24th Annual EDiNEB Conference Call for Papers
Contributions from Business and Economics Education to Social Innovation
As we approach this century’s third decade, the complexity of the business environment has come into stark focus with challenges, such as financial and environmental sustainability, now being seen on a global scale. Business and Economics higher education institutions are part of a variety of institutional stakeholders attempting to frame these complex problems and their solutions. Pettigrew and Starkey’s (2016) call in their special issue of Academy of Management Learning & Education for a reframing of the impact and legitimacy of business schools highlights that these efforts have not been entirely successful. We teach our students about multi-stakeholder perspectives as an important part framing complex problems and their solutions, yet however elegant in simplicity a stakeholder analysis is, it belies what is actually a set of very complex relations among actors and their wider institutions. It is difficult to make such analyses meaningful to our students and ourselves when the largest level of analysis is indeed the world.
Certainly we infuse our day-to-day educational practices with educational innovation, but these wider societal and institutional goals are more challenging to unpick – for ourselves and our students. By virtue of the role business and management education plays in shaping how our students respond to these challenges, we must, in fact, innovate on a grander scale. In 2013, the European Commission defined social innovation as:
“…the development and implementation of new ideas (products, services and models) to meet social needs and create new social relationships or collaborations. It represents new responses to pressing social demands, which affect the process of social interactions. It is aimed at improving human well-being. Social innovations are innovations that are social in both their ends and their means. They are innovations that are not only good for society but also enhance individuals’ capacity to act” (p. 6).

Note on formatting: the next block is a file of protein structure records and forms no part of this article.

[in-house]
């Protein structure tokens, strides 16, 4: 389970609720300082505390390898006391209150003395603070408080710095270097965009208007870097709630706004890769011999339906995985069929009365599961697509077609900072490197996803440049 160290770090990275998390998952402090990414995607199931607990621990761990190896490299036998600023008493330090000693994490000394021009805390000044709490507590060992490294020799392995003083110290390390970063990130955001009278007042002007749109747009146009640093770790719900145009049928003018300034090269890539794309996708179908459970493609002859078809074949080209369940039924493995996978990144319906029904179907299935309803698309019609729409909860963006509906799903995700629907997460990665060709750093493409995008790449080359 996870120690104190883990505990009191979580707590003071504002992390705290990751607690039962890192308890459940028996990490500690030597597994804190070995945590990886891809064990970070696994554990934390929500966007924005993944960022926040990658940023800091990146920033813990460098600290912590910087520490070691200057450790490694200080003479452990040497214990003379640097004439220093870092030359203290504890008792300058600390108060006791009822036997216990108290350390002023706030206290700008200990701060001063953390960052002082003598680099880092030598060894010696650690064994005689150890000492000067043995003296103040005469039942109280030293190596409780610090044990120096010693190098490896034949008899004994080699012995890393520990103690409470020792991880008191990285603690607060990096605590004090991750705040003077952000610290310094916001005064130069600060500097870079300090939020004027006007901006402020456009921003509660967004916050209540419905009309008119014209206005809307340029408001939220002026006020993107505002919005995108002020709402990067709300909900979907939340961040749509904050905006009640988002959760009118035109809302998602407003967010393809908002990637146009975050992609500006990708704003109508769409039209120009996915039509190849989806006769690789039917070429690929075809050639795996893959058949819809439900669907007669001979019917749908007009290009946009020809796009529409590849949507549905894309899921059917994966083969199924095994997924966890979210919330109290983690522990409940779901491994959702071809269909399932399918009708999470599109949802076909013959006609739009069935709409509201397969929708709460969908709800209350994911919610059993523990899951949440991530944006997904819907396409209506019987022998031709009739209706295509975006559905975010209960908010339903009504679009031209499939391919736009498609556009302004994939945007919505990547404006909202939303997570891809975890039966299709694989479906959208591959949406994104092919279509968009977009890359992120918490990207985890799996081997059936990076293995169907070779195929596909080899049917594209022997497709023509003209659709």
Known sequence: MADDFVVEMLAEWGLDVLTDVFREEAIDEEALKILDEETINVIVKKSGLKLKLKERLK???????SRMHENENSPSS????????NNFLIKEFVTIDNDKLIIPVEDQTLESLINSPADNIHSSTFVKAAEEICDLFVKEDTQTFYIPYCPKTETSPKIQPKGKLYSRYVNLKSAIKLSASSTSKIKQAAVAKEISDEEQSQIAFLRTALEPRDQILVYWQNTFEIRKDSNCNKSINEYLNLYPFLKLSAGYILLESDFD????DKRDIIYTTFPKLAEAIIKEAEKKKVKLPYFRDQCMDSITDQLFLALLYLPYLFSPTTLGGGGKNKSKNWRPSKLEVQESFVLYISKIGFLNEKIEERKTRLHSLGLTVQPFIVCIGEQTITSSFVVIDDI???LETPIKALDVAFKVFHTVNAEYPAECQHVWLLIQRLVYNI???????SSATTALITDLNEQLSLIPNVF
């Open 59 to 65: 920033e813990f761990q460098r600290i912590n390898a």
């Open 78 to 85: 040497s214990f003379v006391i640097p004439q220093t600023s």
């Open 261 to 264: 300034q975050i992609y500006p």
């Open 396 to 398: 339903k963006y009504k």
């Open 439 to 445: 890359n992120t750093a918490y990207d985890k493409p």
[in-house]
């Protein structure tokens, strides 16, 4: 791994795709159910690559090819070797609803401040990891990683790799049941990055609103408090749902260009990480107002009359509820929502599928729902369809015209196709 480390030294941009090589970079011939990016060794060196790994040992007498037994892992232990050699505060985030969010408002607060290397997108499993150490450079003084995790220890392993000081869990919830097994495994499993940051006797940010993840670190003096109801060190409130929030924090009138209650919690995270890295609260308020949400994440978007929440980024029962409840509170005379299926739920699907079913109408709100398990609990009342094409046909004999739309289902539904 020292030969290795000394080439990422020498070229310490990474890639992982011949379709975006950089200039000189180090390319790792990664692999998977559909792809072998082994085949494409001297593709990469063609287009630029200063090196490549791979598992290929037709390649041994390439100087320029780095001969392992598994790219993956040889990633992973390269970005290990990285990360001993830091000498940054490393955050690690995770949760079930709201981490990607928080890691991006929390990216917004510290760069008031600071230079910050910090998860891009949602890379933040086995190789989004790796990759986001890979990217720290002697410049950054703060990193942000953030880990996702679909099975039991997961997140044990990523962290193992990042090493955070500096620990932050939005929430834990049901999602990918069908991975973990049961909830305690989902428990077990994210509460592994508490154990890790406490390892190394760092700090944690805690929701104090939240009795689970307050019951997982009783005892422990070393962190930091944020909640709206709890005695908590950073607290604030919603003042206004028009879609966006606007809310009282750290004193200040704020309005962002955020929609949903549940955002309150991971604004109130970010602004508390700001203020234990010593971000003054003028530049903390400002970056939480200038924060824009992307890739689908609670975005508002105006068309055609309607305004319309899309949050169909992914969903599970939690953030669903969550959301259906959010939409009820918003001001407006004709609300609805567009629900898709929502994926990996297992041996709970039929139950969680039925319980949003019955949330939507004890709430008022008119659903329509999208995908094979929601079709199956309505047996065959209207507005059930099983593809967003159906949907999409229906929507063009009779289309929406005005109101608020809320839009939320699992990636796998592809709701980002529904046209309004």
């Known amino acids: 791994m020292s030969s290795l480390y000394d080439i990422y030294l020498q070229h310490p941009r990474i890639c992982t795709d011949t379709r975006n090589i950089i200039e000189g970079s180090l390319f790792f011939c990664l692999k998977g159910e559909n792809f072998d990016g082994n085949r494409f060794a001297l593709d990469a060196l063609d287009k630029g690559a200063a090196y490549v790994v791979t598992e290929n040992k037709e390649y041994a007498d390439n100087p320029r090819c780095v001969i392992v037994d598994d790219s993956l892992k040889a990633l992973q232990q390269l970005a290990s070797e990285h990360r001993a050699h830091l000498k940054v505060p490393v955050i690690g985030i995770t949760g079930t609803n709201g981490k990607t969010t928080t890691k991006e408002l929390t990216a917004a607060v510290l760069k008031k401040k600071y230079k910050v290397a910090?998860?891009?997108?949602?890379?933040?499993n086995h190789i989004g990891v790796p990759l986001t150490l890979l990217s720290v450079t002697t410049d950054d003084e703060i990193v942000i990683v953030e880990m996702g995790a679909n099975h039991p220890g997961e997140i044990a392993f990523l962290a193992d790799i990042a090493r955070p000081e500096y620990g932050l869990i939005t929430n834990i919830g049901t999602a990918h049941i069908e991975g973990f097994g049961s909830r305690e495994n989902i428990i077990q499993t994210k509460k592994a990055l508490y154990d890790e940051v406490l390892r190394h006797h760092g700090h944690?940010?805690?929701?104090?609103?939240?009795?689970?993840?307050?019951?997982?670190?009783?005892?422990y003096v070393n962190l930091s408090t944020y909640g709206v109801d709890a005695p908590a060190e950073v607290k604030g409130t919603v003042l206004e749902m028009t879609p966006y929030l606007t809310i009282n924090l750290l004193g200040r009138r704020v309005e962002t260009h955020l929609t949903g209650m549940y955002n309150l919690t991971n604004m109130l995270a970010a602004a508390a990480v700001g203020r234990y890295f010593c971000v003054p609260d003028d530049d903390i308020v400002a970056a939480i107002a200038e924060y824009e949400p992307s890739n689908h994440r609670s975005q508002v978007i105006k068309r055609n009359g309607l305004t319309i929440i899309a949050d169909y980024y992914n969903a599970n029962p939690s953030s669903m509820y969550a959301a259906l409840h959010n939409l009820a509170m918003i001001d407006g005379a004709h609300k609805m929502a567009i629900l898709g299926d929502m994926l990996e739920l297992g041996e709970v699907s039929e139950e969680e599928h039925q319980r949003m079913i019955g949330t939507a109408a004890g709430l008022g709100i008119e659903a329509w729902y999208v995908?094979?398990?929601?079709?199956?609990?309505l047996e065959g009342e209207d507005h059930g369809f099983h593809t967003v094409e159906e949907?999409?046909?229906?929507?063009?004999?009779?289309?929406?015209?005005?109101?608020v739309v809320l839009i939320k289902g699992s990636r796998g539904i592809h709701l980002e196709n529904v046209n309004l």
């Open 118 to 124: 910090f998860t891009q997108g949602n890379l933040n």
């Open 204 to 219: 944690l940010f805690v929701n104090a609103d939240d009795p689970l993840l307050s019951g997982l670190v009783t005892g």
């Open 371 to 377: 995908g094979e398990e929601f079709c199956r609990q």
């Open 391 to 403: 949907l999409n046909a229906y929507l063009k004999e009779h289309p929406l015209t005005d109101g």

Some of us might think that social innovation plays little part in our educational aims and practices, or it may be a discrete and small part of a more general management and economics curriculum. However, we suggest that social innovation is not just one set of innovations or owned by a single group of innovators – social innovation has a much broader remit. As with the EC’s definition, these are innovations in both ends and means. Therefore, pedagogy, educational design, learning outcomes, partnerships, business models, and Pettigrew and Starkey’s ‘legitimacy and impact’ are all relevant in how we help prepare students for these broader challenges and help them to become innovative and innovators.
The theme of this EDiNEB conference is ‘Contributions from Business and Economics Education to Social Innovation’ with social innovation defined in this very broad sense. We borrow Bessant & Tidd’s (2011) heuristic for thinking about different types of innovation that we use in business and economics education: size (scale), scope, outputs and paradigm. Although ‘social innovation’ may seem like a category unto itself, it, too, can be characterised in terms of size (scale), scope, paradigm and various resultant outputs. We welcome papers within the following sub-themes/tracks (click for more information):
- Paradigmatic Social Innovation
- Social Innovation in the Curriculum
- Scale of Social Innovation
- Social Innovation Output and Outcomes
- Open Track
Bessant, J and Tidd, J (2011) Innovation and Entrepreneurship (2nd Edition), Chichester, UK, John Wiley & Sons.
European Commission (2013) Guide to Social Innovation [Online], European Commission. Available at http://ec.europa.eu/regional_policy/sources/docgener/presenta/social_innovation/social_innovation_2013.pdf .
Pettigrew, A and Starkey, K (2016) The legitimacy and impact of Business Schools: Key issues and a research agenda, Academy of Management Learning & Education, published ahead of print, September 27, 2016, DOI: 10.5465/amle.2016.0296.